So. I don’t think I told you that I’m going to Mexico.
Tomorrow morning. Bright and early. Or, actually, dark and early, because I have to be at the airport by 4:30 am at the latest. But who cares; I’m going to Mexico. In November, which everyone knows is the second most depressing month of the year. I suppose it’s patting myself on the back, but it’s also honest to say that this was excellent planning, time-wise.
Mexico is a home of my heart.
I moved there from Dublin when I was 23 and tired of the rain. I brought one of my best friends from home and convinced the guy I liked, the one who would eventually become my husband, that he should come along too.
I didn’t have a plan. I had a tourist visa and thought I might stay for a few months.
But there’s a black hole of time in Puerto Vallarta, and the concept of what “a few months” means starts to blur.
I stayed for three years. I was sometimes very rich and sometimes very poor. I experienced the worst health problems of my life before or since. I fell easily and happily into love, the way it feels natural to when the sun is shining. (The first time I fell in love, it was in a rainy place, and it was an angsty kind of love.) I learned the horror of the season of the termites. I worked in timeshare and I taught ESL and geography and history and literature. I wasn’t especially good at any of those jobs, but they taught me a lot of things. My work was often part time and I spent a lot of time alone.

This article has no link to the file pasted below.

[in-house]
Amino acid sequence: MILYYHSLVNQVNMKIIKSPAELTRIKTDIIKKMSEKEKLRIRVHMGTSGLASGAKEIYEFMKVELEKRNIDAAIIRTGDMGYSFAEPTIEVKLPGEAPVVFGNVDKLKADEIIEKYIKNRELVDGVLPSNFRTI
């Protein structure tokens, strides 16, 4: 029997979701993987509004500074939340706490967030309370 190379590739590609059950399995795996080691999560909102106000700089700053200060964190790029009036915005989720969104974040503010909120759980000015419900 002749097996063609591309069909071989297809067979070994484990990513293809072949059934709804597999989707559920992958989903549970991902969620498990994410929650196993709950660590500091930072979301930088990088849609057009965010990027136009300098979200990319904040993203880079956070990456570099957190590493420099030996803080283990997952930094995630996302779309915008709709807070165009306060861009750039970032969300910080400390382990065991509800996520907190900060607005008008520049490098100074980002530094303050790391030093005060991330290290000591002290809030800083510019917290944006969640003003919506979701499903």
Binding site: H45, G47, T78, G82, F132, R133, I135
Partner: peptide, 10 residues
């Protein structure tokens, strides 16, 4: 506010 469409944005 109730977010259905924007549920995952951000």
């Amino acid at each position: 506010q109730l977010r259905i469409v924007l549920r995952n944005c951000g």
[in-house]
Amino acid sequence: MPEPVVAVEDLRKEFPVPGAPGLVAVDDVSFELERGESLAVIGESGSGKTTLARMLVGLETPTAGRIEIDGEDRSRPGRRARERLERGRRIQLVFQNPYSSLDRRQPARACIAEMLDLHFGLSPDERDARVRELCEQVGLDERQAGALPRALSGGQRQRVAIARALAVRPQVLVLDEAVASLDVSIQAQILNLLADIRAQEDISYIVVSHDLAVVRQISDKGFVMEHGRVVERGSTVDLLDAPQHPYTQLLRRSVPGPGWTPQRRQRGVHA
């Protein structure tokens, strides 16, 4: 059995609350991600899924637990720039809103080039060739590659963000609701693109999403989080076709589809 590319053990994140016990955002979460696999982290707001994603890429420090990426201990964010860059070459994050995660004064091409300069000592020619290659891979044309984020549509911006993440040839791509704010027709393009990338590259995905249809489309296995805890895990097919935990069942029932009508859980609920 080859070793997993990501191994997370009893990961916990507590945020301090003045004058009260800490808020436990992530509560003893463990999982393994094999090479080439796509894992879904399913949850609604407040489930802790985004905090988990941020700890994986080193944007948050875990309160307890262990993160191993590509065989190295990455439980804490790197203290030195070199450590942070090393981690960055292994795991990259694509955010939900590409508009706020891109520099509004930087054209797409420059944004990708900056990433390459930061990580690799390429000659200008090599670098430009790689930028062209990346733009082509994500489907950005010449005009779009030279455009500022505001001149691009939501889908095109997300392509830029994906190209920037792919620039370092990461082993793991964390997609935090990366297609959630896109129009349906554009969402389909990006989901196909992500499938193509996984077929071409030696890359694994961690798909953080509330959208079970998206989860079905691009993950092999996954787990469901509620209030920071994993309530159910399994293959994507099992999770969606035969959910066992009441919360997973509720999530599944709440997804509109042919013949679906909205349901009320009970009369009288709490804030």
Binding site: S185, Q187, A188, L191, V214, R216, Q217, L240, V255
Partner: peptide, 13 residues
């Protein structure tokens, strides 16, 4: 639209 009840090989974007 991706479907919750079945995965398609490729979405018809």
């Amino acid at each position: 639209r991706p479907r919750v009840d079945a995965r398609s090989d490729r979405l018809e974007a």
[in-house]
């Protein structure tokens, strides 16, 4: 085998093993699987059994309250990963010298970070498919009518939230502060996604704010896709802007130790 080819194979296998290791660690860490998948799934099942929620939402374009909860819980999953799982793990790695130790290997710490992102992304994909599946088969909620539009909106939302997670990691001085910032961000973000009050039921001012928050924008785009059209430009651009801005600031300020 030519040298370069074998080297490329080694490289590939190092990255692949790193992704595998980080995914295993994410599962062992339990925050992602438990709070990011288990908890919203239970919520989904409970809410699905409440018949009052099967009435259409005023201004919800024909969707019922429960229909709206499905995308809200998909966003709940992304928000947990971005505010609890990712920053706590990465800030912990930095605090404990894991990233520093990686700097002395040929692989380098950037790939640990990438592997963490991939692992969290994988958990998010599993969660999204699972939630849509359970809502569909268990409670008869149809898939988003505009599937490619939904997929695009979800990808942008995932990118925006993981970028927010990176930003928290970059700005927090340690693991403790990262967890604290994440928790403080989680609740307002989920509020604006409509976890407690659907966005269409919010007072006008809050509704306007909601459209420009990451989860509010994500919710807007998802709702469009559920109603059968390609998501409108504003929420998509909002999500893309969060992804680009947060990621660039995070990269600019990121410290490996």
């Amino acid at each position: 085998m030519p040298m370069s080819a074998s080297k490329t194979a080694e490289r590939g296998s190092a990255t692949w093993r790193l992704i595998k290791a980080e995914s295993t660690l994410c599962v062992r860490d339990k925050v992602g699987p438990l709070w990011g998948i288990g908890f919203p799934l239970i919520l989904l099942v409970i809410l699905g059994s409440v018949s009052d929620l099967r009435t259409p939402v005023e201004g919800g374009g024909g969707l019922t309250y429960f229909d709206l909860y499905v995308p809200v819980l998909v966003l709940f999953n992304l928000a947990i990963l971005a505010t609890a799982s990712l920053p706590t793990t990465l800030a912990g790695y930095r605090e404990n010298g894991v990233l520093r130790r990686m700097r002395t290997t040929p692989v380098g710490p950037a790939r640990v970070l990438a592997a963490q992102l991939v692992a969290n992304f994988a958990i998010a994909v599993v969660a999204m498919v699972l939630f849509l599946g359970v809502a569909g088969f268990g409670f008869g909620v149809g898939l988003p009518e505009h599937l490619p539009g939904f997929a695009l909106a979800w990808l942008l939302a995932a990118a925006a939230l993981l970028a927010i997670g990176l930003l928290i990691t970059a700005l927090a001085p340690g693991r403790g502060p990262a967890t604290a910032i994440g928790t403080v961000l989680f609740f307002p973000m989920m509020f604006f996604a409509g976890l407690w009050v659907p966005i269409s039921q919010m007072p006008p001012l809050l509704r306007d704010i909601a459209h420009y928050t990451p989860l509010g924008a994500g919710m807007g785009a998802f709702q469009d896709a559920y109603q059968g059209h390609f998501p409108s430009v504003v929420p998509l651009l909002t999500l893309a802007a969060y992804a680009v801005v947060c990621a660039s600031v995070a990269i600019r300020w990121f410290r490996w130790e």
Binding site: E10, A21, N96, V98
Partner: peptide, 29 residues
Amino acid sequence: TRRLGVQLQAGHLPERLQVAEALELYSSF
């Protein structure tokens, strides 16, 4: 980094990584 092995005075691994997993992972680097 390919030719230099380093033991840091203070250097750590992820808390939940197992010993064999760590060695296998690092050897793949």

When I was alone, I would wander. I would talk to old ladies near the cathedral to practice my Spanish. I would trade used books at the Page in the Sun, which, for the first two years I was there, was the only place to buy english books. They were books left by tourists, so I read a lot of detective and lawyer novels and chick lit during my Mexico years. I would go to the Molina de Agua, an old hotel in the centre of Vallarta where they would let locals use the pool if they bought a drink at the poolside bar. I would buy Fantas and spend the afternoons in the sun. (This hotel has since been torn down and replaced with a gigantic condominium complex that blocks out the sky. This is tragic.) I would teach myself dozens of ways to cook beans and rice. I would go the the island and poke around the market and watch the cats. I would go to the beach and walk and walk and walk.
When we left Mexico, we were ready to leave, which is the best way to leave anywhere. It’s terrible to tear yourself away when your heart is still clinging to a place. Leaving when you’re ready though, it gives you the luxury of a lovely nostalgia rather than a broken heart.
Still, every now and then, I like to visit. And so, tomorrow!